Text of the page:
For me, one of the standouts at the Chicago Biennial was the series of adaptable models inside your prototype house, the colorful wooden blocks. How did these help shape your concept?

Our idea was to show that there are many possibilities for this house, that you can add volumes, and that you can really continue growing, changing, and extending the house the way you want to. This is exactly the model we wanted to create in real life: a house that looks like a house, but which can grow organically as your family grows, or as you want it to grow. I think that the main ideas were always on the table: that we needed to find a solution that would allow people to have more space at the beginning, but also to grow.

Left: exterior of the prototype in the exhibition hall; right: interior with conceptual block model visible.

We actually started with a very different idea, but, after we went to interview the people, we changed what we were doing completely. We started working more conceptually, developing an idea, trying to respond in a way that would combine their desire for the archetypal form with our idea of expansion and more space. Eventually, we found that we could use our model that we did before for the Ordos house; we tested it and found that it was a great fit.

Exploratory block model

That’s great, we particularly love the GIFs! Do you feel there is potential for this prototype to work in other countries?

We have actually gotten so many requests for this proposition! With this model, there are many things that are adaptable, such as the materiality. The model doesn’t depend on being constructed in a specific material, so the model could work in different contexts, different climates. We have built many of these houses. We built one with lightweight concrete panels, we built 20 of them in concrete block, and the one in Chicago, which is wood. The model allows the house to adopt the materiality that works for different places, and, in terms of orientation, it is flexible because you can change the windows however you want, placing them wherever you need them.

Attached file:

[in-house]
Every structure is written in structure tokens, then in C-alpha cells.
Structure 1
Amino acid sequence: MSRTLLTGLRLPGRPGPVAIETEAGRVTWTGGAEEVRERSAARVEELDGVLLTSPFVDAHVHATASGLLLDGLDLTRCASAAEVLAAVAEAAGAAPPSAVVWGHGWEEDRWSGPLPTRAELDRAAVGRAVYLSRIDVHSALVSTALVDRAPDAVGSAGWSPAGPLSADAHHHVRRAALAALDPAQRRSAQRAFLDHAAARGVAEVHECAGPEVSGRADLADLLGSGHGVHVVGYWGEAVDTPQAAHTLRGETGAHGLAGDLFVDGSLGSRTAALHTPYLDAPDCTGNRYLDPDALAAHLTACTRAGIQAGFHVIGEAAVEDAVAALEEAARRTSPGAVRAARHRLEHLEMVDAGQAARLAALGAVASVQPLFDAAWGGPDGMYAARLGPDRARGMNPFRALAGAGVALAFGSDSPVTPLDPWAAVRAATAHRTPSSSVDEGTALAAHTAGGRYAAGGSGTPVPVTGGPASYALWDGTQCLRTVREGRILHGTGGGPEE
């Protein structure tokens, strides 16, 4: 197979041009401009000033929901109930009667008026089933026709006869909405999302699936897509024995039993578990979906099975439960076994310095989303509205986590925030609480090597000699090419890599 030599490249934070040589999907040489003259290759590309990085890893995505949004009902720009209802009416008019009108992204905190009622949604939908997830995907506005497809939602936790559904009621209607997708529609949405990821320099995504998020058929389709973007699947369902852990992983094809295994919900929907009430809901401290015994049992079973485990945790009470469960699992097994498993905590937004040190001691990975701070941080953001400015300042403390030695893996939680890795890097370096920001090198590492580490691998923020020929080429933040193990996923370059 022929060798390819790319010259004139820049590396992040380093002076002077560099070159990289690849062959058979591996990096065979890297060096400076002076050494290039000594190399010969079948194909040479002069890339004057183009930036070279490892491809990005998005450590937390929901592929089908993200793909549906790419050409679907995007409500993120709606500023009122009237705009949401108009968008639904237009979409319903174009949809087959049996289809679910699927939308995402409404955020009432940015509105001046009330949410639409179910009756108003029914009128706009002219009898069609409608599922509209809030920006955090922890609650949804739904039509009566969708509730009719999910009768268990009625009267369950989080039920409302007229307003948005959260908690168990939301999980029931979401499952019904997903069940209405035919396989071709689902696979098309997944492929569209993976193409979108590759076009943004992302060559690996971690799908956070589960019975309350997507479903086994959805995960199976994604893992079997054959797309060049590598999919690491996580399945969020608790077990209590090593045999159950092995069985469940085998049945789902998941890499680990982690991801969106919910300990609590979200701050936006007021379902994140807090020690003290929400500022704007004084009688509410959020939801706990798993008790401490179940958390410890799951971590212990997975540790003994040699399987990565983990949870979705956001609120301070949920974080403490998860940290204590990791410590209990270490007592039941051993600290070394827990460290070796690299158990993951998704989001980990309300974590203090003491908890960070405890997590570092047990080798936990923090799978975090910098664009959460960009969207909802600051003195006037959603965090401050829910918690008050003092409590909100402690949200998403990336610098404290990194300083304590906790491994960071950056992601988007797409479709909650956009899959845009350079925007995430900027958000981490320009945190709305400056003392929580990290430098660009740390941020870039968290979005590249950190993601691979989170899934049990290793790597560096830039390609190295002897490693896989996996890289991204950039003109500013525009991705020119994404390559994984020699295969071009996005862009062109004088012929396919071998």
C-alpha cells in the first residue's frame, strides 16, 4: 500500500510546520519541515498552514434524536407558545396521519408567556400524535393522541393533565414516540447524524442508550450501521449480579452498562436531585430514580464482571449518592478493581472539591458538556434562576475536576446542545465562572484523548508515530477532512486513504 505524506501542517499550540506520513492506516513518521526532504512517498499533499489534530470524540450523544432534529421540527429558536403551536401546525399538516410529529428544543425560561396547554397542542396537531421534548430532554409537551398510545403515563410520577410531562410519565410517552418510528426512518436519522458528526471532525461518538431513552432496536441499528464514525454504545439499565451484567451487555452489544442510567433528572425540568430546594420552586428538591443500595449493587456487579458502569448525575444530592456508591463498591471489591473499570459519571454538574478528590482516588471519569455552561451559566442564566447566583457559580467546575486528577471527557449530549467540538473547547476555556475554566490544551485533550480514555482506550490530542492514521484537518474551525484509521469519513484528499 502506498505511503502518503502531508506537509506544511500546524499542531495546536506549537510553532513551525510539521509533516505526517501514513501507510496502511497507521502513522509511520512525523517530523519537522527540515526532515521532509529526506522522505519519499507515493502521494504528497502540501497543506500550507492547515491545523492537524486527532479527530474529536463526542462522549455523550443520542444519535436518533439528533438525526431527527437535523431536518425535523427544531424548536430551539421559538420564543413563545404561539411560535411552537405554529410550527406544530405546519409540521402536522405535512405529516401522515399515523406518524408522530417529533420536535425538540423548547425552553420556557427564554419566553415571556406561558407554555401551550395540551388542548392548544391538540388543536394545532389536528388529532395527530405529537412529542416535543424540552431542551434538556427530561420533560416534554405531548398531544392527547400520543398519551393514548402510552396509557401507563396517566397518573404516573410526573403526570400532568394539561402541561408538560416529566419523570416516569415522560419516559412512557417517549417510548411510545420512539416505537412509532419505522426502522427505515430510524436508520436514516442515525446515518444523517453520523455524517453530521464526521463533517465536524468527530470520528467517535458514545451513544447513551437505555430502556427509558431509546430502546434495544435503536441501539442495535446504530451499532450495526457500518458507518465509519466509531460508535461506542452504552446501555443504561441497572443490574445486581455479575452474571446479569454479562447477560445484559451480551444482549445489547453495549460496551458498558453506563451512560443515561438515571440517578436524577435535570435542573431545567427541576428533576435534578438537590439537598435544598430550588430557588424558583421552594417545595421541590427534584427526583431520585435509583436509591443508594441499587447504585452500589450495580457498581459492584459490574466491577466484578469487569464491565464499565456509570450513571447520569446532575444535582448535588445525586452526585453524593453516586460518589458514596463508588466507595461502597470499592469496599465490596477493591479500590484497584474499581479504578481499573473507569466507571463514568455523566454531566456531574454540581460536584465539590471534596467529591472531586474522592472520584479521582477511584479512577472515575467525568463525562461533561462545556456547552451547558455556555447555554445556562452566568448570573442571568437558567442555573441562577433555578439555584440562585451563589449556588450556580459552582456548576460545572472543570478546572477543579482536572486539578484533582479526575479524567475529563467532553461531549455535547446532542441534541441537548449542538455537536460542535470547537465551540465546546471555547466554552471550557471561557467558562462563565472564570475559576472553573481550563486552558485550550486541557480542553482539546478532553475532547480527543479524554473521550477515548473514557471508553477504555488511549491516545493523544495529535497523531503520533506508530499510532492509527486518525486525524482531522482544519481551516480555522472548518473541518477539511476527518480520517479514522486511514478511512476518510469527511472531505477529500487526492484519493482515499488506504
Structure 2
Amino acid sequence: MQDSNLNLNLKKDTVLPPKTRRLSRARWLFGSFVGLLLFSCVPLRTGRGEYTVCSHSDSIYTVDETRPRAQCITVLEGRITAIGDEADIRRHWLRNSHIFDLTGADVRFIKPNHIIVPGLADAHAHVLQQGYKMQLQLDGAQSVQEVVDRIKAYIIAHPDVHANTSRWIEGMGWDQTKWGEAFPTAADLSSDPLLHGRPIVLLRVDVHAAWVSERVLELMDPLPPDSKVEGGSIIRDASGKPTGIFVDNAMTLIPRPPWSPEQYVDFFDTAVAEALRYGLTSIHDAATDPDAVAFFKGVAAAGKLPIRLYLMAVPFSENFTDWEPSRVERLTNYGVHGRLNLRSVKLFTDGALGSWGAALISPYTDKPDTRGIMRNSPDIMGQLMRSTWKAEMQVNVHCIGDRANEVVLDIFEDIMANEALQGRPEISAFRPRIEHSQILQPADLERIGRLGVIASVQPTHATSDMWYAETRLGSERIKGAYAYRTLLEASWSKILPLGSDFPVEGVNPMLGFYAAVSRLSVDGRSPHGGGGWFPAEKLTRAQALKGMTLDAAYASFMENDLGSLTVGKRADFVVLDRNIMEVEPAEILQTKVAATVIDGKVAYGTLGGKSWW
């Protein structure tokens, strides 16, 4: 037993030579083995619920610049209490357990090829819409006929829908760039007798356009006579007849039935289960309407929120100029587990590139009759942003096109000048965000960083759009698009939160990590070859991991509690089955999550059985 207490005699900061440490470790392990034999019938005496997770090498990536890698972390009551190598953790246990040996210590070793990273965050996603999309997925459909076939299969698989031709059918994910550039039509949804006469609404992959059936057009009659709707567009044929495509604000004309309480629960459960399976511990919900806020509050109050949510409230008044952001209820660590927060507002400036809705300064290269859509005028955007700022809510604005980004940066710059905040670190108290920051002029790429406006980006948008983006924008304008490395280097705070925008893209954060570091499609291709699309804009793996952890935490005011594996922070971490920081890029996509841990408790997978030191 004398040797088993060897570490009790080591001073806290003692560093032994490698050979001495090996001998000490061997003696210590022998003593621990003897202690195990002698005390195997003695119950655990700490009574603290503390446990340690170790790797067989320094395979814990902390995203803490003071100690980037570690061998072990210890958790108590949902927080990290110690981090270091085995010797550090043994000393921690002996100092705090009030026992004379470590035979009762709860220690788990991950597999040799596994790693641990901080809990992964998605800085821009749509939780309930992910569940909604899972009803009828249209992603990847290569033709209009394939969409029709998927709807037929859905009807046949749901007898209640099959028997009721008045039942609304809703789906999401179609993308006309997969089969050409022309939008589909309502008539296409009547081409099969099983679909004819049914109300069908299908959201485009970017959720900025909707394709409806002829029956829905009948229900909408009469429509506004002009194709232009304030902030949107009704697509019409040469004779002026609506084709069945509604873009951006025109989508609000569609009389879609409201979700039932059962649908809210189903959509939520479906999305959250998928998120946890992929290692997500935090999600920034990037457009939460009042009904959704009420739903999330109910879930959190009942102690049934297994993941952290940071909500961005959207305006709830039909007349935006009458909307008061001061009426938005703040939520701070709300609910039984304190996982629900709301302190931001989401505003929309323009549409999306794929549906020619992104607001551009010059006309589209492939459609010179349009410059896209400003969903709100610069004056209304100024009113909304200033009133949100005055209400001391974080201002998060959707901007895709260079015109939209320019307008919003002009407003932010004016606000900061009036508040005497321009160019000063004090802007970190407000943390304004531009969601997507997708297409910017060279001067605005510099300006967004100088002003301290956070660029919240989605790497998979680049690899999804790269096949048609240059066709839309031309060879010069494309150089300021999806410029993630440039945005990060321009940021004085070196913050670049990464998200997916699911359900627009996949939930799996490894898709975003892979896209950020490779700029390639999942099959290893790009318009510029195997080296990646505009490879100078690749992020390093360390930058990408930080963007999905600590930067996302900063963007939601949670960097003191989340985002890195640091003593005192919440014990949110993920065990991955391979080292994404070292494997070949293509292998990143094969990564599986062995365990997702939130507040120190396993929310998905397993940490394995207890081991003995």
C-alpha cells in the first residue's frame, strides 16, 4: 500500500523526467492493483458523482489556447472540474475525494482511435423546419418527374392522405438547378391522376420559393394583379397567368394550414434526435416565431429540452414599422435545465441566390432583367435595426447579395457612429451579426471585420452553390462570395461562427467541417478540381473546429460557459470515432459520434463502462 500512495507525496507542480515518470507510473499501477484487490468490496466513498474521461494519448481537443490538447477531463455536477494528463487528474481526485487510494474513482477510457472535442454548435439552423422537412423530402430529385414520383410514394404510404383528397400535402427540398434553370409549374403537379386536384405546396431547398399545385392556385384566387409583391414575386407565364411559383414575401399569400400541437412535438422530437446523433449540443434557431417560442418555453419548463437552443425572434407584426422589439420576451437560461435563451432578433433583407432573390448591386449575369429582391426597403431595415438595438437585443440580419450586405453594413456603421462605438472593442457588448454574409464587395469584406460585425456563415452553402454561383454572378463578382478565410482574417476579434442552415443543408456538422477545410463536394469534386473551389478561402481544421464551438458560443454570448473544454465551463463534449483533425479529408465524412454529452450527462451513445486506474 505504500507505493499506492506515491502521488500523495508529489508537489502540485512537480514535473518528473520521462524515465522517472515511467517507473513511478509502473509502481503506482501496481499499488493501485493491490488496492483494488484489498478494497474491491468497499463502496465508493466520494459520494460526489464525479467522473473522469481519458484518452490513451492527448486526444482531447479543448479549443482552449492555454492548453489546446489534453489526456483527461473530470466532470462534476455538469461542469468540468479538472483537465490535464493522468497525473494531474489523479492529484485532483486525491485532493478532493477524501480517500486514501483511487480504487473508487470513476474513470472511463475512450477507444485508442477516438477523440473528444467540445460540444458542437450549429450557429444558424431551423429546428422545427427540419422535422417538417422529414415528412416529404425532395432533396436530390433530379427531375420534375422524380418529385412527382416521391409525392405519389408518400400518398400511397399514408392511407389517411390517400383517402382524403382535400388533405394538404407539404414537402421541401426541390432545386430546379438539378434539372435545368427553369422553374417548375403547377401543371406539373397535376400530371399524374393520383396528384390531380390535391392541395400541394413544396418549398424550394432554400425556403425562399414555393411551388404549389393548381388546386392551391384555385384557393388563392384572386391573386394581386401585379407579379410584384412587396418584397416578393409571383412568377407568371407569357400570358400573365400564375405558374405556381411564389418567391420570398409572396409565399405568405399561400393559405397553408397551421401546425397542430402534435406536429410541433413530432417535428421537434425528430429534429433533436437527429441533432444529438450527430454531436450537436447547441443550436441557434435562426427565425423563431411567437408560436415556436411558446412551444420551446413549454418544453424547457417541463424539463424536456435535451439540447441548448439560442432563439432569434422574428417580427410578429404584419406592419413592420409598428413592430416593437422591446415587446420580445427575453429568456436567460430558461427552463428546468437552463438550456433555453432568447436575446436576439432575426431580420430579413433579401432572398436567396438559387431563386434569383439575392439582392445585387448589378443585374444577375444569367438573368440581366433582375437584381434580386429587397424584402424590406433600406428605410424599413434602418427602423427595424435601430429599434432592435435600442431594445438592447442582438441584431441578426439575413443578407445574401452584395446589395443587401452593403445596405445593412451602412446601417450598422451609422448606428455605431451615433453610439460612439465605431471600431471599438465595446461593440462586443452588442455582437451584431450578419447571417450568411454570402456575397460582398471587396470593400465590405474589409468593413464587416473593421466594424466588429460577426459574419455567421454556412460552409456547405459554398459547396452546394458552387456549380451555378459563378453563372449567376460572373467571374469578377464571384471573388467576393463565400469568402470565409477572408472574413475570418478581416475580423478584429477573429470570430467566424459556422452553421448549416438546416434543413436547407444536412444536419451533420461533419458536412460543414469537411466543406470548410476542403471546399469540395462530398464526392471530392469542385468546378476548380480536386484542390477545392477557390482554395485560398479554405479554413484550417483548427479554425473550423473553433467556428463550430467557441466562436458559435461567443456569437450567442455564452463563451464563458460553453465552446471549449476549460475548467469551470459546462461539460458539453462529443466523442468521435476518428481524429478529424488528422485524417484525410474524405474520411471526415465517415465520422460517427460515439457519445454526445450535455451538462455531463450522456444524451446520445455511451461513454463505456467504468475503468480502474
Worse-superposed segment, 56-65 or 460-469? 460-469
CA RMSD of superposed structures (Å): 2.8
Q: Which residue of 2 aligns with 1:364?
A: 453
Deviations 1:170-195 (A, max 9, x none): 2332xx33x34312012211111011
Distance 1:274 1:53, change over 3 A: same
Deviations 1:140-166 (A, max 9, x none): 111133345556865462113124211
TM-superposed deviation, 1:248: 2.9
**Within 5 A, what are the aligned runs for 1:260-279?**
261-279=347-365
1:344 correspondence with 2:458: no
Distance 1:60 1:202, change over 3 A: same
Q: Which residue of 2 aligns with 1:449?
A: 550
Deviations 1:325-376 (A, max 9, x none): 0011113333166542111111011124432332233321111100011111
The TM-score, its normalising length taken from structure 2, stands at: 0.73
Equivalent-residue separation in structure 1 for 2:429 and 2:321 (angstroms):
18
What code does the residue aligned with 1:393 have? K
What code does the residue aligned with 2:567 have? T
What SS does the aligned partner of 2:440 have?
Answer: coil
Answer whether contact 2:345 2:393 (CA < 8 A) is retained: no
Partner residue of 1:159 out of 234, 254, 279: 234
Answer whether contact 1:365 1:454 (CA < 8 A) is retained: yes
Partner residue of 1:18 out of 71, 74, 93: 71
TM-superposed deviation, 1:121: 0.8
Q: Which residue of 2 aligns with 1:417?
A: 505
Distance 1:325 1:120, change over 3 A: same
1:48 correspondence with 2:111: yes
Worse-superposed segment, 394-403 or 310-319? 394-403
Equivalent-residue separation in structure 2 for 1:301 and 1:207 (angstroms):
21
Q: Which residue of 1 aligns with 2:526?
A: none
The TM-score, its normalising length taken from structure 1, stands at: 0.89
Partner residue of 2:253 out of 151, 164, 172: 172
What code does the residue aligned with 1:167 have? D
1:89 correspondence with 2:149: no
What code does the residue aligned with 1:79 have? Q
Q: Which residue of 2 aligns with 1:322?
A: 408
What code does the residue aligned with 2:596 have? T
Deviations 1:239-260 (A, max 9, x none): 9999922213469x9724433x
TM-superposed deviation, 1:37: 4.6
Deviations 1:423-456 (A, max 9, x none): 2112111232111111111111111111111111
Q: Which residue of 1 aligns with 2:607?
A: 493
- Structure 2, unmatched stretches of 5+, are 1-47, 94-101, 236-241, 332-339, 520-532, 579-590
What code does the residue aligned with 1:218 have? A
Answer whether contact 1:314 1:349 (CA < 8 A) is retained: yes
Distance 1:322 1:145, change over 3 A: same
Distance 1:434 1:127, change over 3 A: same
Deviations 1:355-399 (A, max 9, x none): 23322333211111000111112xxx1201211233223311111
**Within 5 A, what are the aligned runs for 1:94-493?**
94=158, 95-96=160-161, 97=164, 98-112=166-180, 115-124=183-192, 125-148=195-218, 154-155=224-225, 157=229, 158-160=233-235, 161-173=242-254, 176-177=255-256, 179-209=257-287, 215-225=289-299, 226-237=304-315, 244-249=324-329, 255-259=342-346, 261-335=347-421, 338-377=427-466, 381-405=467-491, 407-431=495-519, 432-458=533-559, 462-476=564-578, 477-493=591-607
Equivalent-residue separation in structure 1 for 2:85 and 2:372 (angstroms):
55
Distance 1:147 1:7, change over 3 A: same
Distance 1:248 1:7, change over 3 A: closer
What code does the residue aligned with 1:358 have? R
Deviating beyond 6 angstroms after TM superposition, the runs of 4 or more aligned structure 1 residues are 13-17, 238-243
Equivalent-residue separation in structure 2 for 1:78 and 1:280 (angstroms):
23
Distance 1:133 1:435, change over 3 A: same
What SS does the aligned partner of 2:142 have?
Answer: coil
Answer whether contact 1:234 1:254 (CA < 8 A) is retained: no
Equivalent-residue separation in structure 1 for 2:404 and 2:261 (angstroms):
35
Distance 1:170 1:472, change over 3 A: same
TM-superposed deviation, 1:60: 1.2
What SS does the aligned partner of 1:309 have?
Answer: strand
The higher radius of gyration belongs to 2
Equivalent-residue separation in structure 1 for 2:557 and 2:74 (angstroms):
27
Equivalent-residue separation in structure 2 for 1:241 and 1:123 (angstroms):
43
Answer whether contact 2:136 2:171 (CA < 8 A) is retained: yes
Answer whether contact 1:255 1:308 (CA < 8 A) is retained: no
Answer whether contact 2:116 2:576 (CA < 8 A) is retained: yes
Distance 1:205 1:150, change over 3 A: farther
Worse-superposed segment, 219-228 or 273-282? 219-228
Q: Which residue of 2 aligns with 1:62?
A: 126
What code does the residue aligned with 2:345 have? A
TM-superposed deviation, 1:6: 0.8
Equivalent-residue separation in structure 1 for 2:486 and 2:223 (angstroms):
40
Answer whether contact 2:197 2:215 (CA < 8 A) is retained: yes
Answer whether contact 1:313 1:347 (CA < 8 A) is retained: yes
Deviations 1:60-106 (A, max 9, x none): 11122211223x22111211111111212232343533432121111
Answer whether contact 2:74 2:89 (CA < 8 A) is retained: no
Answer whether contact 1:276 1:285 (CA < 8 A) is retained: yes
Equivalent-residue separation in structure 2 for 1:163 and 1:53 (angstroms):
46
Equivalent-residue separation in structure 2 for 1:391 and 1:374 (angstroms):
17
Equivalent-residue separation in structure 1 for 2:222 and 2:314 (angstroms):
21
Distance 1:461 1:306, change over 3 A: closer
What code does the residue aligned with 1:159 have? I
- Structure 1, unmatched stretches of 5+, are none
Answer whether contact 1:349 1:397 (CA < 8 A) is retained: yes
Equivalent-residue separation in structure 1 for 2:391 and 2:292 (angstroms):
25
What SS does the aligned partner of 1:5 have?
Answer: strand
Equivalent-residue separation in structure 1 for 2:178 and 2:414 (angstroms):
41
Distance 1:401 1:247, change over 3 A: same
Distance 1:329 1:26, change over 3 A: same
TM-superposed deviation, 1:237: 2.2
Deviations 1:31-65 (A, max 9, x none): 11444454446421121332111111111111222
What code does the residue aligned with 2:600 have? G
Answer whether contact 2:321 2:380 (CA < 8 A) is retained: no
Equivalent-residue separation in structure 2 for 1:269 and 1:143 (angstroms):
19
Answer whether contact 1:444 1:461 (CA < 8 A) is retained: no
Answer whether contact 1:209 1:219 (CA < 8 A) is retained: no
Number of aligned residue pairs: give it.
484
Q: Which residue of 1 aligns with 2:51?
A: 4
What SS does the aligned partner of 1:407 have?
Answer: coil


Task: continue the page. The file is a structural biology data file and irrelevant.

In a way, the house is adaptable to different climates and cultures across Mexico, but it’s not adaptable to every country. Maybe the strategy is, but not the full design. We were hired by the financial institution as the firm to do this project specifically for Mexico. So this was, for us, a site-specific design.

Axonometric showing possible material variations

Looking ahead, how do you feel that this project will influence your other projects moving forward? Are you interested in doing more work in this kind of area, in the affordable housing sector?

I think that this project came at a moment when we were exploring this. For eight years, we’ve been doing a lot of research on how affordable housing is being introduced in Mexico. However, it’s a different type of housing than that which we were focusing on because we were researching affordable housing for people that have unemployment. In Mexico, it’s called social housing. This house, on the other hand, targets people that have very low salaries, but they do have a salary. They have an employment, which is not the case with a major part of the population. With this program, people have to own the land.

Also, they’re single houses. Many people think that we have created a model for a unit of a housing complex, which is not true. This house exists for this program, which is intended for people who have their own plot. This is amazing, it’s impressive, but these people remain very very poor. Furthermore, these plots normally don’t resell; they don’t have a real value in the market because they are in rural areas.

Finished house in Mexico

As we got involved in this research, I became very political about it and started to get involved with the government with the other type of housing [social housing]. We also started working on social housing in France, by chance, and, then, this commission arrived. The client has hired us previously for a very high-end house in the beach, so it’s a really bumpy road to arrive at this commission, but, really strangely enough, it arrived in a moment when we were really studying and getting immersed in the subject.

Transcription edited for clarity. Drawings and diagrams courtesy of Tatiana Bilbao.